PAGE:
“This letter is a disgrace. A shame,” reacted Saturday, September 16, the Minister of National Education, Gabriel Attal, following the publication of a letter from the Versailles rectorate sent to the parents of the teenager who had reported acts of harassment and committed suicide on September 5th. “As of Monday, I will bring together all the rectors, and I want to carry out an audit on all the harassment situations that have been reported since last year,” he also announced.

The Prime Minister, Elisabeth Borne, described the tone of the letter as “shocking”, believing that there had been “a failure”. Ms. Borne was responding to a question from BFM-TV, which published a series of exchanges by mail between the parents of the teenager, who committed suicide on September 5 in Poissy (Yvelines), the principal of his high school and the rectorate of Versailles.

The latter had described as “unacceptable” comments from parents who would have “questioned” the attitude of the school staff, according to the letter posted online on the BFM-TV website. Enjoining parents to adopt a “constructive and respectful attitude” towards them, the letter from the rectorate also reminded them of the criminal risks of slanderous denunciation.

For Elisabeth Borne, “there was clearly a failure in the type of response addressed to parents who were extremely worried.” “Obviously it’s shocking,” she added. The head of government recalled that an “inspection will allow us to find out how such out-of-date mail could have been transmitted”.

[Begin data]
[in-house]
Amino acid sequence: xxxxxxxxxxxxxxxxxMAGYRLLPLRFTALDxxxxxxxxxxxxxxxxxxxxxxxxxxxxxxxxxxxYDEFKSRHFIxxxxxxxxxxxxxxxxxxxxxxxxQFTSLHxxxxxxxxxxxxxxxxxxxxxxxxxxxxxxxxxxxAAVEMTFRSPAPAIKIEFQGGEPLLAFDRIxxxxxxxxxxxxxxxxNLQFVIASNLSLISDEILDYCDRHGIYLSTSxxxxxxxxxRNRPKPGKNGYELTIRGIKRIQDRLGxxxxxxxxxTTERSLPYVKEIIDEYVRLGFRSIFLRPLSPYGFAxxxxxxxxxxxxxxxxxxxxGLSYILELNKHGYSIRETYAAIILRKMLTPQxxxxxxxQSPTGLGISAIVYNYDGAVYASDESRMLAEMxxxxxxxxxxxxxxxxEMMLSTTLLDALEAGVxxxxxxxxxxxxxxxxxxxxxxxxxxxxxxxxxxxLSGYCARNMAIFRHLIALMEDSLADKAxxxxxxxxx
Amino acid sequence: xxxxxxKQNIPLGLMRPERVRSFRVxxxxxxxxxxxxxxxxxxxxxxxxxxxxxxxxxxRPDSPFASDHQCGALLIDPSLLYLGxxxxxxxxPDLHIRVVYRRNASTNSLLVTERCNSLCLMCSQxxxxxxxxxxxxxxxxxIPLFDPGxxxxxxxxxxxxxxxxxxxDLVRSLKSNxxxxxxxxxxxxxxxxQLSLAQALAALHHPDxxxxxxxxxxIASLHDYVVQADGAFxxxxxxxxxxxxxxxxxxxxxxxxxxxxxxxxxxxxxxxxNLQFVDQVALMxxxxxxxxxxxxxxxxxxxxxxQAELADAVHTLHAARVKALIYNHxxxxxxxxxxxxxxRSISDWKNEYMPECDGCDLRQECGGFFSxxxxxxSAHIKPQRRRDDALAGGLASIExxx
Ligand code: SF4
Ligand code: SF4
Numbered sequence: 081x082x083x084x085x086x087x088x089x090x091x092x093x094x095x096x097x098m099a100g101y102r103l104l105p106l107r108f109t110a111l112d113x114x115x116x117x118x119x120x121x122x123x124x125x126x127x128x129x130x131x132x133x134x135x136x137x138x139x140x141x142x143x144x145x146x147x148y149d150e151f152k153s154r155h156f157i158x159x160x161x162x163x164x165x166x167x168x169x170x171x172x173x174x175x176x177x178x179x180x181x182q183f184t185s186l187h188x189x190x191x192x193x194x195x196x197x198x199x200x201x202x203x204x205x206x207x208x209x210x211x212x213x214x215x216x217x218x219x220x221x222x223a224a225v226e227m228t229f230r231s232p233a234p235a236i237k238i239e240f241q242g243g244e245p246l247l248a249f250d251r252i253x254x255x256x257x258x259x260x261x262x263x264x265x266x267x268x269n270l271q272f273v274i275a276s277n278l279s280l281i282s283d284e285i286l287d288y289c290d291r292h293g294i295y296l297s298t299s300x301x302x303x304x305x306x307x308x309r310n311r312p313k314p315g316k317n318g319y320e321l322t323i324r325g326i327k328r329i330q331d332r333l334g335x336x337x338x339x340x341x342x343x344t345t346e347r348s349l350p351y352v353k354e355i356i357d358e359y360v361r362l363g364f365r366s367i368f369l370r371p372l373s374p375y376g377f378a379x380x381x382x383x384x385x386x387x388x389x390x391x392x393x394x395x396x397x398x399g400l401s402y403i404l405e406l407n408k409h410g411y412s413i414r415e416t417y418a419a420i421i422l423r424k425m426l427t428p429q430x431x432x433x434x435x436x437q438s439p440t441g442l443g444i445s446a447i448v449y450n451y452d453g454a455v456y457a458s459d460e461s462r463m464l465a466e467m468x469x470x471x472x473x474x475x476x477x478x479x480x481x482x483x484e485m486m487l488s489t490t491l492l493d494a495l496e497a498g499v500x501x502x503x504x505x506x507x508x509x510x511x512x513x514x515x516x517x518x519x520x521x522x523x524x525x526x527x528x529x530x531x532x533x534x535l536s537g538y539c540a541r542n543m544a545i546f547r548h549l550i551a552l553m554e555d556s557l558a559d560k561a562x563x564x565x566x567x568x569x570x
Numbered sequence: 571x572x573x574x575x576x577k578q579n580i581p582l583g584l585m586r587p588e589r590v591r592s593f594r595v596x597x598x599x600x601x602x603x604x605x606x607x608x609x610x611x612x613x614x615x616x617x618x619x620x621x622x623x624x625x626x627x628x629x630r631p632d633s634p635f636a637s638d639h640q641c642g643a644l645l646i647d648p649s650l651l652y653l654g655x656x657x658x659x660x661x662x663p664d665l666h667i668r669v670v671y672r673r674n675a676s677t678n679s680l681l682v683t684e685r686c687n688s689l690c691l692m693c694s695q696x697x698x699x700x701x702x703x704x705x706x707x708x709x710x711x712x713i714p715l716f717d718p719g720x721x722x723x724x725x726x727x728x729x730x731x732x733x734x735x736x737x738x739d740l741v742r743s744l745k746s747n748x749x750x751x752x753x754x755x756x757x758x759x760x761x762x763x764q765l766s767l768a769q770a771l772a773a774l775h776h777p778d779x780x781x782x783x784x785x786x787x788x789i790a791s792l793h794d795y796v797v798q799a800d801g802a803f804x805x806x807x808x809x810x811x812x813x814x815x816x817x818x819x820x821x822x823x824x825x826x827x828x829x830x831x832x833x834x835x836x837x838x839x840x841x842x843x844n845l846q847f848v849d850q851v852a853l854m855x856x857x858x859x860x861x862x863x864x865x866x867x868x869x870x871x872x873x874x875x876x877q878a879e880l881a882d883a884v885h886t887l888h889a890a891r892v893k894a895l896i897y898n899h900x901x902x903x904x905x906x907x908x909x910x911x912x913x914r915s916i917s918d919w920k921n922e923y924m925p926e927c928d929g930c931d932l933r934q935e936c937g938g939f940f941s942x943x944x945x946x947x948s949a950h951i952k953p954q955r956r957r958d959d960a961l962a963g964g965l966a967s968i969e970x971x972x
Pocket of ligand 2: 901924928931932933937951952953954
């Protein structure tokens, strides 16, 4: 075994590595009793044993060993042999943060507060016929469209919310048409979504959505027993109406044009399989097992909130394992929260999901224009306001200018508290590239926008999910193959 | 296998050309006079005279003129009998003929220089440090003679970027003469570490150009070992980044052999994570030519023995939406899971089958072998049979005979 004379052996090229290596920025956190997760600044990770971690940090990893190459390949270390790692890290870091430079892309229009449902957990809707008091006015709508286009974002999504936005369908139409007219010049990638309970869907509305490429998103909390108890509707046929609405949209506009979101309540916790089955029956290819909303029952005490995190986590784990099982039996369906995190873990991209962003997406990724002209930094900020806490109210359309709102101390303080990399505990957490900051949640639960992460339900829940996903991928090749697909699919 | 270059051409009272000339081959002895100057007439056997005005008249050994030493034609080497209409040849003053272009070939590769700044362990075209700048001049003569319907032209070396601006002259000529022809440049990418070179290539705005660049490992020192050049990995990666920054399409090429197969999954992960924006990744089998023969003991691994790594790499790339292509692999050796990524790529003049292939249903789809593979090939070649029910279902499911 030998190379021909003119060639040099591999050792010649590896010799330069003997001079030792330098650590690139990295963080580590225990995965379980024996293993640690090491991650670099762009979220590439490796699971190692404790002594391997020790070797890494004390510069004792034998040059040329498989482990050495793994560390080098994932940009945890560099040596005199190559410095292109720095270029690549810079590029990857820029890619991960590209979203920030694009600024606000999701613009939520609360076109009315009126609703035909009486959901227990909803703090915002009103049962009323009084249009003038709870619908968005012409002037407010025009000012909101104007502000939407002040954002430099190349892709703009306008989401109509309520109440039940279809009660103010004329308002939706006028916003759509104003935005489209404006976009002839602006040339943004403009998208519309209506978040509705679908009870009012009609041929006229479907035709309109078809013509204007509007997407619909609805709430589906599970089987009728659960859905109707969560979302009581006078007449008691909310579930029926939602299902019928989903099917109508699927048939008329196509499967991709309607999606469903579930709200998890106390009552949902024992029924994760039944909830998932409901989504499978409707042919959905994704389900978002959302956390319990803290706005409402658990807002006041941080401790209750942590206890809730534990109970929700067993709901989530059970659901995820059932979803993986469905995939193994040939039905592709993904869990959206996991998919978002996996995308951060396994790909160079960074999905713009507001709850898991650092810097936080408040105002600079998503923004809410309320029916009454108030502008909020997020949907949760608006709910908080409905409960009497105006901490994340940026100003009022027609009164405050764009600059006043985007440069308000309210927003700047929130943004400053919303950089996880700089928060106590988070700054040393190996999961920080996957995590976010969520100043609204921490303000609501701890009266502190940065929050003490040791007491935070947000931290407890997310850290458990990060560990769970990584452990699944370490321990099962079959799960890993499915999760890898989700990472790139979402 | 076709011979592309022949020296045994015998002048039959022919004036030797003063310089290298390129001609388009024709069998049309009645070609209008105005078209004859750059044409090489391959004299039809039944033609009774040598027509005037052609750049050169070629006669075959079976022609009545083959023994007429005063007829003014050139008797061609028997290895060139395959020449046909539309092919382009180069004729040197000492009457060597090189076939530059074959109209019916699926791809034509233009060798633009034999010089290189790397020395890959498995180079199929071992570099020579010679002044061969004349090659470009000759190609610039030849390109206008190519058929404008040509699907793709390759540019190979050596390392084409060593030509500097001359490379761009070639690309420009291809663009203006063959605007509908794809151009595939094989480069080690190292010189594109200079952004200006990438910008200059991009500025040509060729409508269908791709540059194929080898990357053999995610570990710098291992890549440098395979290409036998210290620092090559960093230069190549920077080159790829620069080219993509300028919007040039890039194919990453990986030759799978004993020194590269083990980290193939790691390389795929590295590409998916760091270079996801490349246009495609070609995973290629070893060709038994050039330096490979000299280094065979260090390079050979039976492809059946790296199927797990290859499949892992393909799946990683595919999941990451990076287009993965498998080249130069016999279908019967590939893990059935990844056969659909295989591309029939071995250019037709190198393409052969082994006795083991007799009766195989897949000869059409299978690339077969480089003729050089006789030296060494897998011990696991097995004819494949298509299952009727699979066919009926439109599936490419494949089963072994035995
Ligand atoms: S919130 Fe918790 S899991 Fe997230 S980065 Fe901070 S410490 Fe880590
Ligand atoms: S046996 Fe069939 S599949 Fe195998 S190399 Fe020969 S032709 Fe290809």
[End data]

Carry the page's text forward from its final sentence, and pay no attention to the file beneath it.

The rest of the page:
An administrative investigation in progress

Gabriel Attal announced at the beginning of September an administrative investigation to shed “light” on the acts of school harassment of which this boy had been a victim, but also on the management of this affair by the national education services.

Justice opened an investigation to investigate the causes of death and the Versailles prosecutor’s office then declared to Agence France-Presse that it was necessary to “remain very cautious at this stage” on the links between the suicide of the teenager and acts of harassment.

The Prime Minister stressed on Saturday that the plan she intends to present to fight against harassment aims to “pay much more attention to the words of children”. Which “also requires training for all adults in contact with children to fully understand the pain they can feel,” she told BFM-TV during Heritage Days in Matignon.

The fight against bullying at school, which affects one in ten students, has been made the government’s top priority for the 2023-2024 school year, following the suicide in the spring of young Lindsay, 13, in Pas-de-Calais.